Tuesday, January 31, 2006

Bring on the firecrackers

I don't know when or how it happened. As I mellow and grow in age, I realise that I actually like Chinese New Year (CNY). When I was just a kid, I detested much of CNY, other than the "angpow" it brought me. There was only one word in my vocabulary when it came to CNY - "cheena". I remember preferring Christmas with all its magical lighting and the many presents I received. I guess the influence of the western culture has a lot to do with it. The young me just wanted to be hip and fashionable and to be associated with anything that was western. Then I accepted Christ into my life. And Christmas took a new meaning.

But let's come back to CNY. Quietly and slowly, my love for the CNY evolved through the years, and catching me by surprise. I'd never imagine the things that I do for CNY. I made lanterns out of 红包, bought CNY couplets and 春联, all these just to decorate my home into one that looks really "cheena", much to Senior Junior's consternation. He was just like me when I was his age. I could almost hear him say, "The decor is so "obiang" Dad, please take it down!"

I look forward to the reunion dinner with my extended family each year. The renewal of family ties over steamboat dinner always brings lot of warmth. A foodie, I'm always attracted to the spread of goodies on the dinner tables and coffee tables alike. And I'm quite intrigued with the significance that each food represents. Yes, you can say some of the traditions of the CNY border on superstition, but what's so wrong with superstitions that bring about good health, wealth, happiness and good fortune to mankind so long as one doesn't go overboard? The abundance of food for instance, what's the significance in eating sweet stuff like the "Pineapple Tart" or the 年糕 during CNY? And what does eating 瓜子(Melon Seeds)symbolise? And the exchange of oranges?

Along with the love for CNY, I'm also more aware of the richness in the Chinese culture. The Chinese Language by itself is a beauty. Just look at some of the CNY greetings and I'm sure you'd agree how catchy and melodious they sound. They almost make me want to pick up my Chinese books to master the Chinese Language.

However, there are aspects of CNY that bore me and visiting relatives is one. These are relatives I'd hardly recognise if I were to run into them in the middle of Orchard Road. Each year, our conversation during CNY is just limited to three or four words depending if it's in English or Chinese - "Happy New Year" or "恭喜发财".

Then there are relatives like my cousins whom I was close with while growing up in Club Street, but nevertheless have grown apart when our respective families shifted to different parts of the island. Usually, the topic in our conversation is the same year in year out, and sounds pretty much like a broken record:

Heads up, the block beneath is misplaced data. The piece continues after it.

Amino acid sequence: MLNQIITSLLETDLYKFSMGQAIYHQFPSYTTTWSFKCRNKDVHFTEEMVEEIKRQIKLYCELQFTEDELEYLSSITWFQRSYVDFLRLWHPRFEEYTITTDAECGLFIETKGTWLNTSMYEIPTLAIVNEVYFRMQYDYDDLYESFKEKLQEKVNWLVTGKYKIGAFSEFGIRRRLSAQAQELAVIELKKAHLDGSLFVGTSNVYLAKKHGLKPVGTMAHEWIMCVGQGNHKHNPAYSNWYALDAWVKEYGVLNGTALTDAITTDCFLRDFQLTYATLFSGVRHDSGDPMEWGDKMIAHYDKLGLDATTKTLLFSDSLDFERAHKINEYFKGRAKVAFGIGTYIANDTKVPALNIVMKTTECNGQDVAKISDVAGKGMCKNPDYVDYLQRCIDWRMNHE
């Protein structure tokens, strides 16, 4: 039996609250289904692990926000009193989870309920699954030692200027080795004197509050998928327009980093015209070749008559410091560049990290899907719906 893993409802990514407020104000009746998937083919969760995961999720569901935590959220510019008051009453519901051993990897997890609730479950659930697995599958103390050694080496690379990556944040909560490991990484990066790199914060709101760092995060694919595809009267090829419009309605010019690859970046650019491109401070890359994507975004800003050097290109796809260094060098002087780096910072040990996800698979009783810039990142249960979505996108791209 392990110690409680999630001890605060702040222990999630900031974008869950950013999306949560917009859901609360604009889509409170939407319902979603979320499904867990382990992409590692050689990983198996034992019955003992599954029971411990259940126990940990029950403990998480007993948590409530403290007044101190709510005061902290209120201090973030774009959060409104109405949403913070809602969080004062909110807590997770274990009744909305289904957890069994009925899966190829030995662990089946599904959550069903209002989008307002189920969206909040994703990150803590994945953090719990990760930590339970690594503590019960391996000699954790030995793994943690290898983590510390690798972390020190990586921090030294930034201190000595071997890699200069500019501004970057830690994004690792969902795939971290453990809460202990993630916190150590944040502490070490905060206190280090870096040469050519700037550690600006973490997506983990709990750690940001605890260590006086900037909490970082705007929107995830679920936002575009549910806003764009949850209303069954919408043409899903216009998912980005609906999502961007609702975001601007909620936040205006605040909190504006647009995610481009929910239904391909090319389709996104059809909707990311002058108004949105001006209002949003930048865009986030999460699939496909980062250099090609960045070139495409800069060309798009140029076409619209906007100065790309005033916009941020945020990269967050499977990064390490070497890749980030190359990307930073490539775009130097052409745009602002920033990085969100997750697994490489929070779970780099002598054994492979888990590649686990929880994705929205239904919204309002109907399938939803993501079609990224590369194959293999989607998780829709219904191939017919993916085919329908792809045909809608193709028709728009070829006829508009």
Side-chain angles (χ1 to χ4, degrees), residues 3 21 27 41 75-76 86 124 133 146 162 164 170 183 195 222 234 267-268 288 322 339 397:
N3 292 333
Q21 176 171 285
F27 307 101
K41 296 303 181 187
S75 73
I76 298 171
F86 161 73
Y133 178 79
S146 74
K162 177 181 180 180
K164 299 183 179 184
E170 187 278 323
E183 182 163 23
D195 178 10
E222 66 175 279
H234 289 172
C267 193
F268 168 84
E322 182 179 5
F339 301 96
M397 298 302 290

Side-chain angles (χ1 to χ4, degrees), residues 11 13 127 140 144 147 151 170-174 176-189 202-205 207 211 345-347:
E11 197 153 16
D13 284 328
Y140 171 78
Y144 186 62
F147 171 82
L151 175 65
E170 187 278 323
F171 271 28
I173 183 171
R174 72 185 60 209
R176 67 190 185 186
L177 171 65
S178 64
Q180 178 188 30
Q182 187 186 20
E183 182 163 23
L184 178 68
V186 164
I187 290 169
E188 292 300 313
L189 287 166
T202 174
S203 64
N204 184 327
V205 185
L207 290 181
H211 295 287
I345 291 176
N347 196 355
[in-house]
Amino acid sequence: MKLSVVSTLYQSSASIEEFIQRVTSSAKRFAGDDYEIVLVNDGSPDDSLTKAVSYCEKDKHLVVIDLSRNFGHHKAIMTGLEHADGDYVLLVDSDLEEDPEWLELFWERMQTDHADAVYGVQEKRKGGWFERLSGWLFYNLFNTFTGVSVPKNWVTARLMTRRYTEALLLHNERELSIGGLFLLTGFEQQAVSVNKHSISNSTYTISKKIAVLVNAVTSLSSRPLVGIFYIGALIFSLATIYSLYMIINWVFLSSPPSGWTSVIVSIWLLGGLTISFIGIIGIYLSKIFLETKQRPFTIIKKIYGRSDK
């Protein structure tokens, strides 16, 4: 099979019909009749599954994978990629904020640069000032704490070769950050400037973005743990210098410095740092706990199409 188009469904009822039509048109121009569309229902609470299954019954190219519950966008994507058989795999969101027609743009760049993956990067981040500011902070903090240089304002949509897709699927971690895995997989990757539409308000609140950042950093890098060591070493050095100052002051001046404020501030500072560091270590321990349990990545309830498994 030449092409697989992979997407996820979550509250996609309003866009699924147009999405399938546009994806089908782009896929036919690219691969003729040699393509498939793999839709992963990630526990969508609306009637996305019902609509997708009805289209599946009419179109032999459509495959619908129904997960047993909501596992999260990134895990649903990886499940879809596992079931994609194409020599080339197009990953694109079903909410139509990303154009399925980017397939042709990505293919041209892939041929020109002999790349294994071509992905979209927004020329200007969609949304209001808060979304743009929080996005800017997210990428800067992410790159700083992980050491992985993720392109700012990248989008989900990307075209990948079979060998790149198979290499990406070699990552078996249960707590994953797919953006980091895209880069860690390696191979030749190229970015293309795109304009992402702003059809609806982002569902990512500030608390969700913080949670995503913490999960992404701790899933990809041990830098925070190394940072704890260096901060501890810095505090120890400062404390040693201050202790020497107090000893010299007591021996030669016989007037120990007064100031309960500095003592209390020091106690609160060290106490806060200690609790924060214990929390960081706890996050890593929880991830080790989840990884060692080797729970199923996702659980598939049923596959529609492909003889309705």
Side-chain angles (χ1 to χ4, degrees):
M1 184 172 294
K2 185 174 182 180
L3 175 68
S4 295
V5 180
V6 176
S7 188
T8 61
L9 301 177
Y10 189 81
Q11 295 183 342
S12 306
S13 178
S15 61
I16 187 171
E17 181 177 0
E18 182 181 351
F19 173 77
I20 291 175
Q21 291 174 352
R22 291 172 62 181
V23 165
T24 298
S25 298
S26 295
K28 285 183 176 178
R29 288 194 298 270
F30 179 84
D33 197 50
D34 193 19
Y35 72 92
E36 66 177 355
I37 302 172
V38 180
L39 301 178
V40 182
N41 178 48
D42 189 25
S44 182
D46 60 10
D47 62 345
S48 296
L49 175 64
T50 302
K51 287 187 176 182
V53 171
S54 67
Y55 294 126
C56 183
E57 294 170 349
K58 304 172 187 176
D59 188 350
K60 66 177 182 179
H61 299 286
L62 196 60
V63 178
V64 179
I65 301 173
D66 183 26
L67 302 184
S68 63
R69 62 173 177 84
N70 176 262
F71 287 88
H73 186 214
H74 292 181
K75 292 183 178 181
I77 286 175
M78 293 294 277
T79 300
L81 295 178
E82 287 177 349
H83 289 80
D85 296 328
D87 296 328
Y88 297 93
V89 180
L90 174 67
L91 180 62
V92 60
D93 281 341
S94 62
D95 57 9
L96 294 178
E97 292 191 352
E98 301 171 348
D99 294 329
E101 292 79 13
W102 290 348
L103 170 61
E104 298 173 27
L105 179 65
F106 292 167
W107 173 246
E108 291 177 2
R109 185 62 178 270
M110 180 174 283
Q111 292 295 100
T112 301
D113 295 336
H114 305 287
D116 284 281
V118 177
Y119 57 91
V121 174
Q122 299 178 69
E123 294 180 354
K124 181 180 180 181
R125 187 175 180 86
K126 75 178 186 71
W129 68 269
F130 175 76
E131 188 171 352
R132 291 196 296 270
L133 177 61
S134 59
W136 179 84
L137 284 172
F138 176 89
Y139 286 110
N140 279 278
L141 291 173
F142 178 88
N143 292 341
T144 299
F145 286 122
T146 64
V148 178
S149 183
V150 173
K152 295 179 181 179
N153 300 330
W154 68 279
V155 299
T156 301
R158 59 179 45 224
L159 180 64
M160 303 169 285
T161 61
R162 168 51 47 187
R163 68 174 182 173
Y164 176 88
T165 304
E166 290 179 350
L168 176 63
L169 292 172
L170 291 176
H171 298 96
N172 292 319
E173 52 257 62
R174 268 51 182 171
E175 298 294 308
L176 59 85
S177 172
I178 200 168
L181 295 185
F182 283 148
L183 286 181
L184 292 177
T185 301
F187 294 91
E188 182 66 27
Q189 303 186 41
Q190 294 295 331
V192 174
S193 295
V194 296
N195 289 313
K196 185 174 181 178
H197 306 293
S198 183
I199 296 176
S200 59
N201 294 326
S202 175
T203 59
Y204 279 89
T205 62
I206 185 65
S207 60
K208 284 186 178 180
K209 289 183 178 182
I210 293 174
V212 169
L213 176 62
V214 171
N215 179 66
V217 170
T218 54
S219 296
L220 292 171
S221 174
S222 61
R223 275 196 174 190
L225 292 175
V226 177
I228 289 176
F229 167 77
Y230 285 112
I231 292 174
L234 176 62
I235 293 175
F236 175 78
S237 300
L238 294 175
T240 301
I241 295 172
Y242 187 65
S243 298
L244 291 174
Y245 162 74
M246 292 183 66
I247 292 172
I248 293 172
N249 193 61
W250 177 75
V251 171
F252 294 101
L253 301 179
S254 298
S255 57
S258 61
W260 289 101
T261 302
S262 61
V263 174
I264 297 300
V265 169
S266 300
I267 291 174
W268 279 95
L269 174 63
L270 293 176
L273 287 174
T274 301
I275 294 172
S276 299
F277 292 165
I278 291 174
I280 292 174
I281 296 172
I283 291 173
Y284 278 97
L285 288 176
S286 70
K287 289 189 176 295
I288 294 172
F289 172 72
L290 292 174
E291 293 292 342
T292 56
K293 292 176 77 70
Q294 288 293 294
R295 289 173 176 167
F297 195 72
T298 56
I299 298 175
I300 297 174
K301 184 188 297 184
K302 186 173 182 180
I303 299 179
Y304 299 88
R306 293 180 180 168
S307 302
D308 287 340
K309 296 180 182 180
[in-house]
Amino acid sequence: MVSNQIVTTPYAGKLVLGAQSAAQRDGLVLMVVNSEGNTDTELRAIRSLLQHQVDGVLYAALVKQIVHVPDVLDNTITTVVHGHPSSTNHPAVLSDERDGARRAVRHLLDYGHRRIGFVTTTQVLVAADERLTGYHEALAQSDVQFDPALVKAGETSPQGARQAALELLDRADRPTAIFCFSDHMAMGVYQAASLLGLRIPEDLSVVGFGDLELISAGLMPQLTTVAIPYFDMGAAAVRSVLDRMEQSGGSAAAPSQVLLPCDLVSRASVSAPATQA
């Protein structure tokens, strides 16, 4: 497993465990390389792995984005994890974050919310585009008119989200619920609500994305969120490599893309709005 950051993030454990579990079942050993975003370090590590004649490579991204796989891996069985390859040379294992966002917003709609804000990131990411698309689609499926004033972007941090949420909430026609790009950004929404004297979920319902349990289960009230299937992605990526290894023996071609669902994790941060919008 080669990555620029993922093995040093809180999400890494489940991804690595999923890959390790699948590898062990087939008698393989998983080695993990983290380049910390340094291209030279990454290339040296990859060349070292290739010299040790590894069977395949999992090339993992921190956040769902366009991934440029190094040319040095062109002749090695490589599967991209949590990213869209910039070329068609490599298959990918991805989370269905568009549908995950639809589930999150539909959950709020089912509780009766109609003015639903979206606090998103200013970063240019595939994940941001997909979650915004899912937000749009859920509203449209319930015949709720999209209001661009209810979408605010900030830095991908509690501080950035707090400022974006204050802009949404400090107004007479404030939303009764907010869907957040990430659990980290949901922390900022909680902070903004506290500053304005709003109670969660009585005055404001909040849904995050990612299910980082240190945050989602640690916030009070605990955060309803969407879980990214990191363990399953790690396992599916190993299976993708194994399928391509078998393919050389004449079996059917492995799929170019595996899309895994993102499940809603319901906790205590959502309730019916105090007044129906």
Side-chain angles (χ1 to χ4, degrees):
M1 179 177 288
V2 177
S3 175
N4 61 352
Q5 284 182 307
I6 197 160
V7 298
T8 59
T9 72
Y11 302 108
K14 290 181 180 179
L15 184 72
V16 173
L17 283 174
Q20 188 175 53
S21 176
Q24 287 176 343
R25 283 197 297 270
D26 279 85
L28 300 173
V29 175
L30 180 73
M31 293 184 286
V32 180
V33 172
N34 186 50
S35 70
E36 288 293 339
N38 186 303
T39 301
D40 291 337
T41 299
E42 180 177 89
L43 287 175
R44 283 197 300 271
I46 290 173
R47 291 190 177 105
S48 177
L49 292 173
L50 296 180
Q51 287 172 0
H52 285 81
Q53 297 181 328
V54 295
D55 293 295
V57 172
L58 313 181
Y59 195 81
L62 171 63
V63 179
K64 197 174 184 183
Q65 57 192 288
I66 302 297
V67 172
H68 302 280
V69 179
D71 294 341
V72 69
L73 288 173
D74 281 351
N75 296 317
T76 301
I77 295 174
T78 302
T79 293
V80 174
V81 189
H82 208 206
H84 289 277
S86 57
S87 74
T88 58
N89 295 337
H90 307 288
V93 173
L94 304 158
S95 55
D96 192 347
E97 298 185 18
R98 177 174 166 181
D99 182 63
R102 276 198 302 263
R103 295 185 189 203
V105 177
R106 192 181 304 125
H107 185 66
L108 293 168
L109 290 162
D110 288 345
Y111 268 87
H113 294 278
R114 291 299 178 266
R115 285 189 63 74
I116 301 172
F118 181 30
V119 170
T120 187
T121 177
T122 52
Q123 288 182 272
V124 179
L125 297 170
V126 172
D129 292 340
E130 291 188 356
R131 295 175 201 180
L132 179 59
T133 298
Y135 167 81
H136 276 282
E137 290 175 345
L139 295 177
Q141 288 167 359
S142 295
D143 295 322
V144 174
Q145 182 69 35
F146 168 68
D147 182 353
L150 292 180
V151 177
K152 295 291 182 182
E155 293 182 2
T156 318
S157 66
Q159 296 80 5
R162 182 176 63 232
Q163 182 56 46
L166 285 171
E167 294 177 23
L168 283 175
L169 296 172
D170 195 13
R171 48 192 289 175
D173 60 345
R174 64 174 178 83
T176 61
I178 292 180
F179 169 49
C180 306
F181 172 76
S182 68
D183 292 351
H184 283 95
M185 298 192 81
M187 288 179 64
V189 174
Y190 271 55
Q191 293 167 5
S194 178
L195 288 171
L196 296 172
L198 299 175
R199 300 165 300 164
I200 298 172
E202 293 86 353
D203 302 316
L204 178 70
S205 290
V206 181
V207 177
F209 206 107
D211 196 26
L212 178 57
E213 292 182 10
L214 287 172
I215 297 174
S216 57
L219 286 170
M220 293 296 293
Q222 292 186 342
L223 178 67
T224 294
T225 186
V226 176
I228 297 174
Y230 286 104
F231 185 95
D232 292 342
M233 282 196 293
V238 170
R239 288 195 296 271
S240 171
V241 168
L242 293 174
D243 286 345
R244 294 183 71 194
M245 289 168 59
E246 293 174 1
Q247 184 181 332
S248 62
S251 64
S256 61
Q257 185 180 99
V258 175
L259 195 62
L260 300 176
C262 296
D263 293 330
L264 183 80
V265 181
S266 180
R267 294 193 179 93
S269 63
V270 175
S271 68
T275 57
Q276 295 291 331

Cousin: Chris, you still working in the same office ah?
Me: Ya, same as last year, and the last last year (mumbling in my heart: I told you last year, and last last year wat)
Cousin: Oh, still on shift?
Me: No, working five-day week leh (working shift? that was so many moons ago and I've told you so many moons ago each CNY I visited)
Cousin: You should visit more often, and not just CNY, you know.
Me: Sure, sure (hesitated to add: and this broken record will be broken no more hor?)

My elder sis, who is unmarried, dreads CNY and it's not difficult to understand why.

Aunt: So got boyfriend or not?
Sis: No leh. No time.
Aunt: Aiyoh, don't be so choosy lah. Your biological clock is ticking away, you know.
Sis: Er... 没缘份leh.. not say I don't want (mumbling inside: why so kaypoh? None of your business wat)
Aunt: I recommend you one lah. How?
Sis: (getting quite pissed and wanna shut her off) Er... rich or not? Also don't want someone your age one hor.
Aunt: :x

I also cannot understand some of these visits. For instance, on the first day of the Lunar New Year, all of us gathered at my mum-in-law place, and all of us wished one another Happy New Year. The next day, my Goddaughter (actually more of Slim Lady's for the daughter we never had), would come visit us again with her parents. Why the double wishes? Is it because she's our Goddaughter and she's expected to pay us a visit even though we've met the day before? Some of these visit just do not make sense.

There is one CNY tradition that I miss most - Firecrackers. When I was growing up in the 70s, I remember having played with firecrackers. With a joss stick on one hand and the firecrackers on the other, we simply lighted it up and just hurled the firecrackers on a distance with a loud bang. Sometimes, we would mischievously throw the firecrackers near one of the neigbhour kids who would jump up in fright when the firecracker went off. Some of these kids even burst into tears. That was lot of fun! But alas, firecrackers were eventually banned by the gahmen for safety reasons. I was too young to understand then. Perhaps people got badly injured or houses were gutted down because of firecrackers.